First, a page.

So, ambulance has arrived and the patient is wheeled in. She is screaming the place down, sucking on the entonox like crazy, and you think she's pushing. You get her off the ambulance stretcher onto your trolley and have a look down below while the nurse starts connecting her up to the monitor and your other SHO tries to get a line in - easier said than done as she's flailing all over the place.

    You can see both vaginal and anal dilation, suggesting delivery really is imminent, but bulging out from the vagina is what looks like a shiny yellow balloon. What now?
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    (Original post by Helenia)
    There is one other (quite large) piece of kit that nobody's mentioned yet, but this may just be because people haven't done much obstetrics. Any final guesses before I give the game away on that?
    Incubator?

    (Original post by Helenia)
    You can see both vaginal and anal dilation, suggesting delivery really is imminent, but bulging out from the vagina is what looks like a shiny yellow balloon. What now?
    Sounds like the amniotic sac to me! Rupture it!
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    (Original post by electricjon)
    Incubator?
    Close - resuscitaire. For those who haven't done O&G yet, it looks something like this:

    It's kind of an all-in-one resuscitation station for a baby. The overhead bit is a heater, as newborns are small, wet and very prone to hypothermia. All the dials on the back are for oxygen, suction etc and in the drawers underneath you have intubation kit (not that I have a clue how to use that), cannulas and stacks of towels, hats etc.

    So, you send the other SHO to turn on the resuscitaire - it is in the paeds resus bay at the other end of your resus room.

    Sounds like the amniotic sac to me! Rupture it!
    Yup, although babies can be delivered completely in their amniotic sac (indeed this used to be considered good luck and that they might have special powers), you can't see what the hell is going on and wouldn't know what to do if this did happen. So you put on some goggles and gingerly take a little pinch with some forceps - membranes suddenly give way and you narrowly avoid an amniotic fluid shower.

    While you summoned up the courage to do this, the ambulance crew have been giving you a bit of history - this is the lady's first pregnancy, she's otherwise fit and well and has had normal antenatal care so far and everything has been fine (so will have had screening for infectious diseases and so on). She is Rh +ve. She started having contractions a few hours ago but firstly didn't believe she could be in labour, and then wanted to wait for her boyfriend to get home before calling the ambulance.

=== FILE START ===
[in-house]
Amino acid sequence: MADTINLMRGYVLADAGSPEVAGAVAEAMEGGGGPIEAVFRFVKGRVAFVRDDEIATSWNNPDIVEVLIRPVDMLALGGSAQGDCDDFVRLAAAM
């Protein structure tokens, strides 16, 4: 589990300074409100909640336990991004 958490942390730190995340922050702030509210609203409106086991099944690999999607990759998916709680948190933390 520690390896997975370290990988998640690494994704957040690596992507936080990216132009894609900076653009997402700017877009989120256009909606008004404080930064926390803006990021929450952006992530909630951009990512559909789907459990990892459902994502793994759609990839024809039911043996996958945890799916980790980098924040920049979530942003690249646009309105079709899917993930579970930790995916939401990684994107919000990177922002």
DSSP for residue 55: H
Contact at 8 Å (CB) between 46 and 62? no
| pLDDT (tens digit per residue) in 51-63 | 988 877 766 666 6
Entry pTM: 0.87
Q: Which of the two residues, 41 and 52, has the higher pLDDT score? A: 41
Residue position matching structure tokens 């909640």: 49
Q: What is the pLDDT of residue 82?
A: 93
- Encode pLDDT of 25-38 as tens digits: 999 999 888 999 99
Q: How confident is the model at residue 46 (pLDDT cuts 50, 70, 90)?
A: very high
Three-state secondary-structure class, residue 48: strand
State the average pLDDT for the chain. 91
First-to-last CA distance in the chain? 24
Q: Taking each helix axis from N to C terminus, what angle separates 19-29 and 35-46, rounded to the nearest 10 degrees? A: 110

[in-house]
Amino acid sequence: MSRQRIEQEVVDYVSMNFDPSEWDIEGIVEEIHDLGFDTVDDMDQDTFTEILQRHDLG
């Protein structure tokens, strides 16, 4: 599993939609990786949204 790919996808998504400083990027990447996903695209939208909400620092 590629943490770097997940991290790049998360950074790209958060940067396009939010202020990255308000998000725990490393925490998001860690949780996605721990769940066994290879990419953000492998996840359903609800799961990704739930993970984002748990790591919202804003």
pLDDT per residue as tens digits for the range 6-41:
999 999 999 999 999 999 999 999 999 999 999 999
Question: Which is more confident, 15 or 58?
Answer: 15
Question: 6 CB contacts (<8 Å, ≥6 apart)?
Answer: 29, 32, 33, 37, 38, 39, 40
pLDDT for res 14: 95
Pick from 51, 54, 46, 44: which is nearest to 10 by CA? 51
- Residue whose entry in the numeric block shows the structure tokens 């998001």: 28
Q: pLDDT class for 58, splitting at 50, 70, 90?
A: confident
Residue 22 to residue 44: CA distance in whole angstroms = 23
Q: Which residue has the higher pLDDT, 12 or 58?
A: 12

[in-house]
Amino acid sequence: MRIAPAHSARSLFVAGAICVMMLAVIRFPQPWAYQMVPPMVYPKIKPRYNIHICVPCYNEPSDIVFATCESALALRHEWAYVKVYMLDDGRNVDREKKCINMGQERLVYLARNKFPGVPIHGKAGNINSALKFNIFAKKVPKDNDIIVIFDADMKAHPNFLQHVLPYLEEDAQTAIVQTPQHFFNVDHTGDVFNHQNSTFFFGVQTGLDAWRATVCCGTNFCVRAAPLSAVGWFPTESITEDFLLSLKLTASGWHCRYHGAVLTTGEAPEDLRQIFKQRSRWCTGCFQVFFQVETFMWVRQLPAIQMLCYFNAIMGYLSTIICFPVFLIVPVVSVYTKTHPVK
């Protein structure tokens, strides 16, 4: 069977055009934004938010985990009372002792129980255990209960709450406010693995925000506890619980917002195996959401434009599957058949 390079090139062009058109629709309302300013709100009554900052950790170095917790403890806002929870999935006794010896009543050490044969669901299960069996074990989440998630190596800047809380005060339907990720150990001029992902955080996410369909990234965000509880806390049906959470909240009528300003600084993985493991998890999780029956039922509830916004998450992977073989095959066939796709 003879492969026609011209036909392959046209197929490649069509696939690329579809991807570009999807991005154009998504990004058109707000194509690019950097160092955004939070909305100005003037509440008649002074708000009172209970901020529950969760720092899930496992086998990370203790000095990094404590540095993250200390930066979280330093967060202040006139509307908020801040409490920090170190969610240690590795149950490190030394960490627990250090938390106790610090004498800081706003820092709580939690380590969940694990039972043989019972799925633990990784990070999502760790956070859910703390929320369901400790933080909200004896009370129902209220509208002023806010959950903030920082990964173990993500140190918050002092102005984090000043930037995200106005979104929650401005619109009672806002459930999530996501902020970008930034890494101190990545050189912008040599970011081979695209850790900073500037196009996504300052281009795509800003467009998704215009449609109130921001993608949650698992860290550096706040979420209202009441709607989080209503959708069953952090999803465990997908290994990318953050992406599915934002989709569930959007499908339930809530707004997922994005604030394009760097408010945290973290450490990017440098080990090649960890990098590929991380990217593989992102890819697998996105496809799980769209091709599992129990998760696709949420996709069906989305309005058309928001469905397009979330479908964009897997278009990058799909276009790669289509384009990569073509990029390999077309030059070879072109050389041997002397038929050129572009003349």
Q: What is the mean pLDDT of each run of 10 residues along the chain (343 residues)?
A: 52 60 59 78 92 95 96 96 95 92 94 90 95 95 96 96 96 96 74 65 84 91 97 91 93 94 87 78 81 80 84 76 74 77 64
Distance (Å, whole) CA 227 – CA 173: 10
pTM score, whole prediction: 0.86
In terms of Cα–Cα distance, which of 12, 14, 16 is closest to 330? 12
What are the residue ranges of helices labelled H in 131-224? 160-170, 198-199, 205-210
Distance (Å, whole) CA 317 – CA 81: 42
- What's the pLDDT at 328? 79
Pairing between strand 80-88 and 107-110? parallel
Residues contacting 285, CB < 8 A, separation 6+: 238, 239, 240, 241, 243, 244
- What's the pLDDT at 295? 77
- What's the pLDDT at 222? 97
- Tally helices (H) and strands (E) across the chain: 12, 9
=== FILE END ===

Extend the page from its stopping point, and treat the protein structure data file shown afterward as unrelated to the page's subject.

So, membranes gone, but still no sign of any of your specialist teams. What now? (apart perhaps from a change of underwear?!)
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    Sit and cry in the corner. Hoping that a consultant fixes it
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    (Original post by Helenia)
    Close - resuscitaire. For those who haven't done O&G yet, it looks something like this:

    It's kind of an all-in-one resuscitation station for a baby. The overhead bit is a heater, as newborns are small, wet and very prone to hypothermia. All the dials on the back are for oxygen, suction etc and in the drawers underneath you have intubation kit (not that I have a clue how to use that), cannulas and stacks of towels, hats etc.

    So, you send the other SHO to turn on the resuscitaire - it is in the paeds resus bay at the other end of your resus room.



    Yup, although babies can be delivered completely in their amniotic sac (indeed this used to be considered good luck and that they might have special powers), you can't see what the hell is going on and wouldn't know what to do if this did happen. So you put on some goggles and gingerly take a little pinch with some forceps - membranes suddenly give way and you narrowly avoid an amniotic fluid shower.

    While you summoned up the courage to do this, the ambulance crew have been giving you a bit of history - this is the lady's first pregnancy, she's otherwise fit and well and has had normal antenatal care so far and everything has been fine (so will have had screening for infectious diseases and so on). She is Rh +ve. She started having contractions a few hours ago but firstly didn't believe she could be in labour, and then wanted to wait for her boyfriend to get home before calling the ambulance.

    So, membranes gone, but still no sign of any of your specialist teams. What now? (apart perhaps from a change of underwear?!)
    Assess labour - presentation, station, etc. Get CTG monitoring on? What did the amniotic fluid look like - meconium?
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    (Original post by Becca-Sarah)
    Assess labour - presentation, station, etc. Get CTG monitoring on? What did the amniotic fluid look like - meconium?
    We don't have a CTG in A&E. The fluid was a little mec stained but mostly clear. You can see the head and it's descending as she pushes. Quite rapidly.
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    (Original post by Helenia)
    We don't have a CTG in A&E. The fluid was a little mec stained but mostly clear. You can see the head and it's descending as she pushes. Quite rapidly.
    How we getting on with that IV access? Give her some analgesia and tell her to push!